Hall County’s Emergency Operations Center (EOC) was activated at 8 a.m. Wednesday to provide a central location for essential County personnel to prepare and respond to any weather-related threats across the area. The EOC is located inside the Hall County Emergency Services Complex on Crescent Drive. Officials will operate out of that facility until the threat of severe weather subsides.
“Officials with the National Weather Service remain confident that this will be a substantial storm system,” said Hall County Emergency Management Agency Director David Kimbrell. “Residents are urged to monitor the weather and to seek shelter in the case of a tornado, severe thunderstorm and/or hail storm should any of those situations develop.”
Kimbrell said anyone needing to contact the EOC to report non-emergency issues is asked to call 770-718-3300. In the case of an actual emergency, citizens are still encouraged to dial 9-1-1.
“Our 9-1-1 Center has additional personnel on hand in order to handle a larger-than-normal call volume should they be needed,” said Assistant Hall County Administrator Marty Nix.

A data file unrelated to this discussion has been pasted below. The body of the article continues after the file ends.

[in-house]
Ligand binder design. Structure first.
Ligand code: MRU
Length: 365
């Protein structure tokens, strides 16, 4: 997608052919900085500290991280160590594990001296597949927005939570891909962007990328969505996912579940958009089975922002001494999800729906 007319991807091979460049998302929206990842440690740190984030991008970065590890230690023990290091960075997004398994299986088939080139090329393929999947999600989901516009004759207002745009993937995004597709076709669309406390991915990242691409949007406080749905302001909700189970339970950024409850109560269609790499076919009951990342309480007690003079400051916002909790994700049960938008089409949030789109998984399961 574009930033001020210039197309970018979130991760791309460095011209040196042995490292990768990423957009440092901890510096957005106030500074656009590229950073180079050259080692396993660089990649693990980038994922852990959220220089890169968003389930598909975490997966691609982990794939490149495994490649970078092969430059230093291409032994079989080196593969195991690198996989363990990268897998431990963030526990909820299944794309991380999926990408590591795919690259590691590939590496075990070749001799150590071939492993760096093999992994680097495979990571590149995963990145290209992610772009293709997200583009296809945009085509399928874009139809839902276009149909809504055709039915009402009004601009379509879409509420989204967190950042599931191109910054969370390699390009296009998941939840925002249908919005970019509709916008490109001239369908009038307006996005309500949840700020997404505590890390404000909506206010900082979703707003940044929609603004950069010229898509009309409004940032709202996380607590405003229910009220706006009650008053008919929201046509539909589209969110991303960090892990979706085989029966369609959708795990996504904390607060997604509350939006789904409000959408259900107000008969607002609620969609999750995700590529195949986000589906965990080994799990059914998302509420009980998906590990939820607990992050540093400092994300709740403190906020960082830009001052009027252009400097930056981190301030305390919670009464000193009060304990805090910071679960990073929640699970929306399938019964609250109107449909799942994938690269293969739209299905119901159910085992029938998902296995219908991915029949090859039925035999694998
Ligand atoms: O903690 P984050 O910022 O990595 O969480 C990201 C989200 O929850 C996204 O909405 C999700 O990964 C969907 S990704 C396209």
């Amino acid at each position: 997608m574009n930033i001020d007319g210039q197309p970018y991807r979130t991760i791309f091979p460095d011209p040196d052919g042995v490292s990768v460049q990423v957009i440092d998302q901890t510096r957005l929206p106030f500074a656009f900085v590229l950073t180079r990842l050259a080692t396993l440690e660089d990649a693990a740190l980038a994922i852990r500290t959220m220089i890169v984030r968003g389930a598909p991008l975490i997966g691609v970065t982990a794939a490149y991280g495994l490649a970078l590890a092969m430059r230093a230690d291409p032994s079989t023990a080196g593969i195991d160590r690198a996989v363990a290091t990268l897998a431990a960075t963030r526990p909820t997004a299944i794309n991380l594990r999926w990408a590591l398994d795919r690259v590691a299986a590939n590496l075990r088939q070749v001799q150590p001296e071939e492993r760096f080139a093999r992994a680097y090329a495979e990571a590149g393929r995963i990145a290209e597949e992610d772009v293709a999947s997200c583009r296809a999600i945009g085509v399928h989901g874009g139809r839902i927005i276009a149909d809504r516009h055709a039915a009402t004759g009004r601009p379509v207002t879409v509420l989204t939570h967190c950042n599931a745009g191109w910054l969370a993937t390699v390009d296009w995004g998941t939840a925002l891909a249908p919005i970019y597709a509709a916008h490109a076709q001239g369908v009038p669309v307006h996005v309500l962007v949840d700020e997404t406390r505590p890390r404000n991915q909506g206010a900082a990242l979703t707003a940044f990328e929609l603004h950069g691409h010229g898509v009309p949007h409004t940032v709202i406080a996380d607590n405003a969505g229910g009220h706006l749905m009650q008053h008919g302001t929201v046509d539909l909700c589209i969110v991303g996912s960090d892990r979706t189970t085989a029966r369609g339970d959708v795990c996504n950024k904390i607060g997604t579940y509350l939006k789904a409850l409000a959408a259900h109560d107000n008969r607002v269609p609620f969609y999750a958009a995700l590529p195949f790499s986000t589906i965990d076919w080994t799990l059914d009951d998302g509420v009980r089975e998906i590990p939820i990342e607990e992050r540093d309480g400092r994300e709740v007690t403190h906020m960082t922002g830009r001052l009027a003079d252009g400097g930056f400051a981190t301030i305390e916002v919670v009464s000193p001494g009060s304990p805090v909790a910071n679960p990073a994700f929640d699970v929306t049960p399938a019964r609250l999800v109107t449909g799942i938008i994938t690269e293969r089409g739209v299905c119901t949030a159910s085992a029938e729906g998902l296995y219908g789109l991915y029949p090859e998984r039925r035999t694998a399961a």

As officials keep an eye on the impending weather situation, citizens are also reminded to sign up for the Hall County Citizen's Alert System. The Citizen's Alert System notifies residents about severe weather, as well as fires, floods, toxic environmental issues and other important topics within minutes. Messages can be sent to individuals using a variety of contact mechanisms - cell phone, landline, email, text messaging and more - ensuring that Hall County residents receive life-saving emergency information and important public service announcements in minutes. Citizens listed in the County's 9-1-1 database have been automatically subscribed to alerts by landline, though any individual may self-register, provide additional contact information or opt out. To sign up or learn more, log onto alerts.hallcounty.org.